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///2011 Abstract Details
2011 Abstract Details2019-08-02T19:41:08-05:00

A Novel Device for Intrathecal Labor Analgesia: A Case Series

Abstract Number: 22
Abstract Type: Original Research

Richard C Month M.D.1 ; Emily J. Baird M.D., Ph.D.2; Valerie A. Arkoosh M.D.3

Continuous intrathecal analgesia for labor provides rapid, reliable analgesia, superior flexibility in medication dosing and drug choice, and rapid conversion from labor analgesia to surgical anesthesia. Since the withdrawal of microcatheters from the U.S. market in 1993, the only method for administering continuous intrathecal analgesia has been via a large-bore epidural catheter.

The Wiley Spinal (Epimed; Johnstown, NY) is an intrathecal delivery device consisting of a 23-gauge end-orifice Coude tipped cannula over a 27-gauge pencil-point needle. It is introduced, after identifying the epidural space via loss-of-resistance technique, through a peel-away plastic introducer. The cannula is inserted into the subarachnoid space in much the same way as an intravenous cannula, and then is connected to infusion tubing at the skin via an integrated connector. It is FDA-approved for intermittent intrathecal medication administration for regional anesthesia.

There has been limited experience with the use of the Wiley Spinal for labor analgesia. We describe our experience with this device for both labor analgesia and surgical anesthesia for Cesarean delivery (C/D). Our case series currently includes six patients, of which four had successfully placed intrathecal cannulas. All six had successful identification of both the epidural space (via the right paramedian approach at the L3-4 or L4-5 interspace) and subarachnoid space (with CSF return in spinal needle). Of the four successful placements, one was for scheduled repeat C/D, one was a successful vaginal delivery, and two were placed for induction of labor: one for gestational hypertension and one for maternal congenital cardiac disease; both of these patients eventually underwent C/D. Both of the device failures were in patients scheduled for repeat C/D. One device failure was due to the inability to insert the cannula due to paresthesias, and the second was a straightforward device placement with no CSF flow from the cannula and no anesthetic effect after injection of local anesthetic. Nonfunctioning cannulas were removed immediately, and functioning cannulas were removed shortly after delivery. All four patients with successful device placement were “Completely Satisfied” with their anesthetic, and all four said they would recommend the device. None of the six patients developed postdural puncture headache. We intend to have data on 20 patients prior to the SOAP meeting.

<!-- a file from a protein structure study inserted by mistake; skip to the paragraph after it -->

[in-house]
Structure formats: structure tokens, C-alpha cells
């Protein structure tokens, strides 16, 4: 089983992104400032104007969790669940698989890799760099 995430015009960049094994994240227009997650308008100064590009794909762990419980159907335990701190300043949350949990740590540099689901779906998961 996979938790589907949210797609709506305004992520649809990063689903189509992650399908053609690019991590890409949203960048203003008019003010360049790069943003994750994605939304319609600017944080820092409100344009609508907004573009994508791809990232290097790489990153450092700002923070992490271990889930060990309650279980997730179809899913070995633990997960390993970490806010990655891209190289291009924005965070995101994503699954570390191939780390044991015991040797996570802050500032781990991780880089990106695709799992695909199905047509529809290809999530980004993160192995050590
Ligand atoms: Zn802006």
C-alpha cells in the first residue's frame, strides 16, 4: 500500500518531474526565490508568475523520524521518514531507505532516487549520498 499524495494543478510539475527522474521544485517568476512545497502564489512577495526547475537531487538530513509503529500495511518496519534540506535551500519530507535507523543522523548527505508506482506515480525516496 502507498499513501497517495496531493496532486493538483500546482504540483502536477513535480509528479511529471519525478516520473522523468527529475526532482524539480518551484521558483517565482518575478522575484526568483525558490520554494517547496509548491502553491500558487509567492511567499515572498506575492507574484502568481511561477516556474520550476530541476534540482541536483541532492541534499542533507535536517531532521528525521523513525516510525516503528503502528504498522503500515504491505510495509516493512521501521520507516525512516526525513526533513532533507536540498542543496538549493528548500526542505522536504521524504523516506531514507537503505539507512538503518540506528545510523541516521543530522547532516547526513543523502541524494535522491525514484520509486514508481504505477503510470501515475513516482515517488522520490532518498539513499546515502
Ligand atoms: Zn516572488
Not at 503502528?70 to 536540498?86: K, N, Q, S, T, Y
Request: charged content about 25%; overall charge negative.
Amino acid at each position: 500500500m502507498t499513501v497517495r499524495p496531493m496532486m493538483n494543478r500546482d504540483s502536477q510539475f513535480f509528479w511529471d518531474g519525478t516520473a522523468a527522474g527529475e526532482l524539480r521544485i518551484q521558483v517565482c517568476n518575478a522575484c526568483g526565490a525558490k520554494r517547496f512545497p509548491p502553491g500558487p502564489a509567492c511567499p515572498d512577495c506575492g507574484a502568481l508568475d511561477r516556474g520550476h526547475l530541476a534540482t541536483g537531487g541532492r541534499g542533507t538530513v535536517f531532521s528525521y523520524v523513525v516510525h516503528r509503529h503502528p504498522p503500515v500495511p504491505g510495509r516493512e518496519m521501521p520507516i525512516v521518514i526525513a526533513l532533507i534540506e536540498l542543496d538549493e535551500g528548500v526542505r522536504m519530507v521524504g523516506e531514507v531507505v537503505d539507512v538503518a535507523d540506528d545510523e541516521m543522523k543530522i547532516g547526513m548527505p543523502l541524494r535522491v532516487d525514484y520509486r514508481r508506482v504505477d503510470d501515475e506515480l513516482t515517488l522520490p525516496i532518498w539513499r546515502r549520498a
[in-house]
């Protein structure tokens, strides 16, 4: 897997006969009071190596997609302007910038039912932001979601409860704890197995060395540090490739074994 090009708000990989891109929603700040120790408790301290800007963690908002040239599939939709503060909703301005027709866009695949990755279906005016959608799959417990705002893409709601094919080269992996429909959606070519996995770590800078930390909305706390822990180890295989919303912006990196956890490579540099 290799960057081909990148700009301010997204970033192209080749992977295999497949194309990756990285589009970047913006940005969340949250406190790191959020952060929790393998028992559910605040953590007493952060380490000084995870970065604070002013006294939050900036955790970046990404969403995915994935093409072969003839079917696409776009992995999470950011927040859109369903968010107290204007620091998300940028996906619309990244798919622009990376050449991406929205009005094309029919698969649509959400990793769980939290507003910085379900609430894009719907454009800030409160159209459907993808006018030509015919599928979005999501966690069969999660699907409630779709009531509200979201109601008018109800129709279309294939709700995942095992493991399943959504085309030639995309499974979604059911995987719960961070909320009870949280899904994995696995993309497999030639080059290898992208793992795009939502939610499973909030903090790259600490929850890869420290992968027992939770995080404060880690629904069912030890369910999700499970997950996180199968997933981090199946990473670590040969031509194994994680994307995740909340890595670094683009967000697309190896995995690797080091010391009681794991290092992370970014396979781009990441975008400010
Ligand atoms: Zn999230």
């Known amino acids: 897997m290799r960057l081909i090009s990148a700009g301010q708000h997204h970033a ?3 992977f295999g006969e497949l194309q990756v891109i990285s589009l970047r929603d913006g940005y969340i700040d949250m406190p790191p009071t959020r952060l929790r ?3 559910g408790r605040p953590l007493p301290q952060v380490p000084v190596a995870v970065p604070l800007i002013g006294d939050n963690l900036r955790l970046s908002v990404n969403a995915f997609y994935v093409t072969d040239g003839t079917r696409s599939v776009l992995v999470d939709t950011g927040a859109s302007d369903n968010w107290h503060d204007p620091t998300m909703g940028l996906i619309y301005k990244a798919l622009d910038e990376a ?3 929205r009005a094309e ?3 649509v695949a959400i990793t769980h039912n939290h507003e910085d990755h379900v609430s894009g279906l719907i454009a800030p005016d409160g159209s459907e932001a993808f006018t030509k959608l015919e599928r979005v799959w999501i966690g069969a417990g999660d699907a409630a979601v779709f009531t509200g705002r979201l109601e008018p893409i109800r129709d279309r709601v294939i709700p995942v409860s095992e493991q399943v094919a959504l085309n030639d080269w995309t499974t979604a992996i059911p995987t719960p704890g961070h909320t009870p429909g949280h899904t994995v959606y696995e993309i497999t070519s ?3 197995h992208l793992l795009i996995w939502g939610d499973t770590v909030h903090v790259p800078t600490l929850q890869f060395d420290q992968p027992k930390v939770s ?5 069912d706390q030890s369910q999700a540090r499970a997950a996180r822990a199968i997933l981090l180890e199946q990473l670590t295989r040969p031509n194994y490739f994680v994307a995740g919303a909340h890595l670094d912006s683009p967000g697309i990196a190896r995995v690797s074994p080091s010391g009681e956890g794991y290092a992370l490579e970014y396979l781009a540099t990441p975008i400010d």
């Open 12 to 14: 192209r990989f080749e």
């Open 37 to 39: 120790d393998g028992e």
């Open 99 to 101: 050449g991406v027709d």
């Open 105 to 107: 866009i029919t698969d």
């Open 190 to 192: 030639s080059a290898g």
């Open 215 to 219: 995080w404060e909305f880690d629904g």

SOAP 2011